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Wednesday, August 02, 2006

Time well spent?

Sorry to say... I got nothin'!

I usually do my writing between 5:30 and 6:00 AM, but instead of trying to create a coherent post, I ended up talking semi-coherently on the air with a talk show host in the US.

Like many other bloggers, I've done about a dozen phone and email interviews with various members of the media from around the world in the past few weeks.  I have also turned down a few requests for interviews after checking them out and getting the feeling I was likely to be deliberately quoted unfairly, out of context or asked a bunch of 'are you still beating your wife, yes or no?' kind of questions.

But by and large I feel very strongly that people from all walks of life in Israel should be interviewed so the world can see we are as complex and multi-faceted a society as anywhere else (perhaps more so)... and not some monolithic 'thing' that can be summed up in a 15 second news sound-byte.

Anyway, the reason I didn't give anyone a heads-up about this live radio interview is that I didn't really trust myself not to sound like a complete idiot.  This fear is just one of many reasons I haven't embraced pod-casting.  Quite simply, the written format of my journal allows me to edit myself and even delete whole entries that are ill advised or just plain wring-headed.  This self-editing happens much more often than you probably would guess since so much ill-advised, wrong-headed stuff actually gets published here.

Anyway, thanks to those who found out and publicized the interview anyway.  And of course thanks to Terry Dillard, the host or 'The Right Track' program on Wide Awake Radio who made me feel right at home and thankfully kept me from making a complete ass of myself.

This evening marks the start of Tisha B'Av, and I may or may not post something later on.  In any case, 'Tzom Kal' (an easy fast) to those who will be observing this somber day.

219_86

Posted by David Bogner on August 2, 2006 | Permalink

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So how do those of us who missed it get a chance to hear it?

Posted by: Jack | Aug 2, 2006 10:52:24 AM

'Tzom Kal' (an easy fast) to those who will be observing this somber day.

Actually, for Tisha b'Av it might be more appropriate to wish each other a hard and meaningful fast. This one is not suppossed to be easy. (Yom Kippur is the one that we want to be a Tzon Kal).

Posted by: Yaakov | Aug 2, 2006 12:33:16 PM

I've just been catching up on my blog reading for the week, and I have to say that Monday's post on "who is a terrorist?" was really insightful and well-constructed. Thank you, David; your wonderful writing always gives me a reason to keep coming back to Treppenwitz.

Posted by: Lucy | Aug 2, 2006 4:40:51 PM

David,

Your humility tends to hide the fact that you are very articulate, and actually made this "talk show host" (a term we'll use VERY loosely) sound better than I thought I could. You gave details last night that I never would have thought of seeking out, and your insights into the current situation in Israel prompted more questions in my mind -- questions that you went on to answer like someone who was used to being interviewed. I don't think you "hemmed and hawed" as much as I did.

At any rate, it was great to have you on my show, and thanks for agreeing to the interview.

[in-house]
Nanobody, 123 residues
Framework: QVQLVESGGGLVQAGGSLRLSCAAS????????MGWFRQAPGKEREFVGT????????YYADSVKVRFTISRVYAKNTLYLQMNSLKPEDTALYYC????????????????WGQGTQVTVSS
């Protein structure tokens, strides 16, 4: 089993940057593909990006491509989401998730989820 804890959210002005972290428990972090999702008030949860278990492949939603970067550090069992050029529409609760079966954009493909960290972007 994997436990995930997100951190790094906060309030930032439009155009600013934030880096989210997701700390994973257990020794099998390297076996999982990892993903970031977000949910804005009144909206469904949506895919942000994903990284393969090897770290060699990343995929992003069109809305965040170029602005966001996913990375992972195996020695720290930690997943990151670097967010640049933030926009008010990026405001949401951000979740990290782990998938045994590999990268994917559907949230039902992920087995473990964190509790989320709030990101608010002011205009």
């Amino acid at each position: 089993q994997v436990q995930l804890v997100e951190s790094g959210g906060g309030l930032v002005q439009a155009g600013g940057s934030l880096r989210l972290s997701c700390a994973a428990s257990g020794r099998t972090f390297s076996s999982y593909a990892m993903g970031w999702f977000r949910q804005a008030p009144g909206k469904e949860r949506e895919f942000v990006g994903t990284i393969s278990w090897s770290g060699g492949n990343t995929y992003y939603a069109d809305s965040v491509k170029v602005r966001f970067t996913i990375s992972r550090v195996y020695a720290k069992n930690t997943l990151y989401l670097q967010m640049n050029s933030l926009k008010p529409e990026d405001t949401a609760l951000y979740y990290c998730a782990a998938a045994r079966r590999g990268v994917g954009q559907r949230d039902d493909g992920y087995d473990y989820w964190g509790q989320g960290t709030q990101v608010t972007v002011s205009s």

I'm working on getting a recording of last night's show (I hope they made one), and when I do I'll let you know so that you can pass the information along to your readers.

Thanks again!

TD

Posted by: TD | Aug 2, 2006 5:45:59 PM

David: Have an easy fast.

Yaakov: Have a hard and meaningful fast.

Posted by: Doctor Bean | Aug 2, 2006 7:58:06 PM

What a shame that I missed the interview! : ( Is there a written transcript of it anywhere?

Posted by: Irina | Aug 2, 2006 8:31:43 PM

When I was a rifle platoon leader in the Army, way back in the '70s, I once thanked our company first sergeant (who'd been injured and nearly frozen to death during the Korean War) for his providing the troops with hot meals every chance he got, even though passing out C-rations would have been much easier for him. He just smiled and said, "Lieutenant, you don't have to practice being miserable to get it right."

So in light of 1SG Yeomans' sage advice, I wish you an easy, meaningful fast.

Posted by: Bob | Aug 2, 2006 10:05:14 PM

David,

It's worse when the interviewer is sympathetic towards you, but the editor of the newspaper doesn't share the same feelings, for example. As happened to myself. It is shocking to see your words twisted and turned to the benefit or ideals of the interviewers.

If my name was left out of the article, I wouldn't have known it was me being interviewd. Nonetheless, I feel it's important to make your voice heard about the Israeli points-of-view, no matter your audience or its size. Every bit counts.

All the best,
~Dan

Posted by: Dan | Aug 2, 2006 11:23:09 PM

Good work - remember that you can prepare answers in advance for radio, too - just write out a few key phrases - or a stick diagram showing connections you want to make. They act as guides while you extemporaneously create sentences that sound like conversation. You sound great, and hit the points you want to make.

You can make a similar list of likely challenge/problem questions, or phrases ("cycle of violence") that you can use as entry points to the points YOU want to make.

We learned this at the Samaria regional council's hishtalmut for dovrei yishuvim.

Posted by: Ben-David | Aug 3, 2006 5:32:02 PM

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